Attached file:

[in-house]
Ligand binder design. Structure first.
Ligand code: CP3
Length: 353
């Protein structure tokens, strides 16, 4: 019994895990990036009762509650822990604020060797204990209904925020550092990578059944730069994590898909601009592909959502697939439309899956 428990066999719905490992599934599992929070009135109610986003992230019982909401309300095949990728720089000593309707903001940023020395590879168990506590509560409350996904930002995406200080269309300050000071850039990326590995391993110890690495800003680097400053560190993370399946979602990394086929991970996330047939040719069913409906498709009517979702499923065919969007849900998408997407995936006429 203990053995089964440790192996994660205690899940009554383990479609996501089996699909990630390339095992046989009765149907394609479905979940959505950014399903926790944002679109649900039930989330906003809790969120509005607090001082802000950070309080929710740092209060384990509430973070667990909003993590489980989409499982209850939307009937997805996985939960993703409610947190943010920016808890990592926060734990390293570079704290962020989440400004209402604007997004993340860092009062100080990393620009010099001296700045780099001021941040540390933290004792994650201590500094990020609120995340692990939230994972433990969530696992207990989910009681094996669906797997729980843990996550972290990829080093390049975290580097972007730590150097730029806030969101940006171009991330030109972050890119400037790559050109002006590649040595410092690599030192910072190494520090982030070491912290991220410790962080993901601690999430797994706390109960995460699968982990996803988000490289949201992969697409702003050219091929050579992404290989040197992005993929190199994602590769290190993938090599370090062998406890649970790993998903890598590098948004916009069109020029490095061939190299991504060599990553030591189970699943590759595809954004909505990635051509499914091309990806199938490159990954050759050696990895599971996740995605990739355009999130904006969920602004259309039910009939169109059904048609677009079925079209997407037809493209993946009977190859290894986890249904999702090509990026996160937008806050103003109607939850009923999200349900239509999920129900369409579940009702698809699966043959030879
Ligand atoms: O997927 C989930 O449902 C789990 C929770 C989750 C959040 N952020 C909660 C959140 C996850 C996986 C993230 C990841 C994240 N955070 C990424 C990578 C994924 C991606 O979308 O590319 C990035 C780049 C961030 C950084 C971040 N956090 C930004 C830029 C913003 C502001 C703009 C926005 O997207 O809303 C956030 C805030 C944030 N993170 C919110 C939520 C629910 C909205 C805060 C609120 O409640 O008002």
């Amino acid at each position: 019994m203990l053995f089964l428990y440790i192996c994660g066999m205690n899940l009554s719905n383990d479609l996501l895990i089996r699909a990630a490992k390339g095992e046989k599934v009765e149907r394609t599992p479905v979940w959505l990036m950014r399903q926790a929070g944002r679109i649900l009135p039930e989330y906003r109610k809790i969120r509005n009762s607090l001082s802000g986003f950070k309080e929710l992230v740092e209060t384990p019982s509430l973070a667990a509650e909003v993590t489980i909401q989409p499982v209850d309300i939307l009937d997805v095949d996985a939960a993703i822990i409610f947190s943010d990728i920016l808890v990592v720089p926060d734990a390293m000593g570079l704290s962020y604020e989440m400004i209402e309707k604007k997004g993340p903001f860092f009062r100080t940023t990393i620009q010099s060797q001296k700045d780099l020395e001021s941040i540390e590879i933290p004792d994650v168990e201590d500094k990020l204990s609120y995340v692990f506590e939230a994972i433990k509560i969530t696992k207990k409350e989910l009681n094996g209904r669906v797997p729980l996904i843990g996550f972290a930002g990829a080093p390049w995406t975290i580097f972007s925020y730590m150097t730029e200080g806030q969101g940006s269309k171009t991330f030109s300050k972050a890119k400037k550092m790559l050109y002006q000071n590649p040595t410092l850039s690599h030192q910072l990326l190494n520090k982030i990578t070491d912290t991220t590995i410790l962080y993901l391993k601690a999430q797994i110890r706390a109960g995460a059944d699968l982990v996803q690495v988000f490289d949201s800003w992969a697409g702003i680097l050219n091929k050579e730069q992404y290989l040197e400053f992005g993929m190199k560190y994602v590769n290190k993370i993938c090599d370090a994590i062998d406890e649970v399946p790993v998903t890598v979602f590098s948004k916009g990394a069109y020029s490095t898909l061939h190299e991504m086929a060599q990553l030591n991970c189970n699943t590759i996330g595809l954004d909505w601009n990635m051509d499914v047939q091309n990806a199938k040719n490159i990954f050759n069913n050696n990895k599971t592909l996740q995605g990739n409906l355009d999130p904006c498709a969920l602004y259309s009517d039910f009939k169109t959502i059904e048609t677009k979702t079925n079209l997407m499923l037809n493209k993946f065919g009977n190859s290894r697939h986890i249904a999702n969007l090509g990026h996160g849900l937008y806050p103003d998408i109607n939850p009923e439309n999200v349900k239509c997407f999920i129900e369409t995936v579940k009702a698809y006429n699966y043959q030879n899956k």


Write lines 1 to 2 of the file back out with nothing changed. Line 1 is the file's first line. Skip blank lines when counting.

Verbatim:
[in-house]
Ligand binder design. Structure first.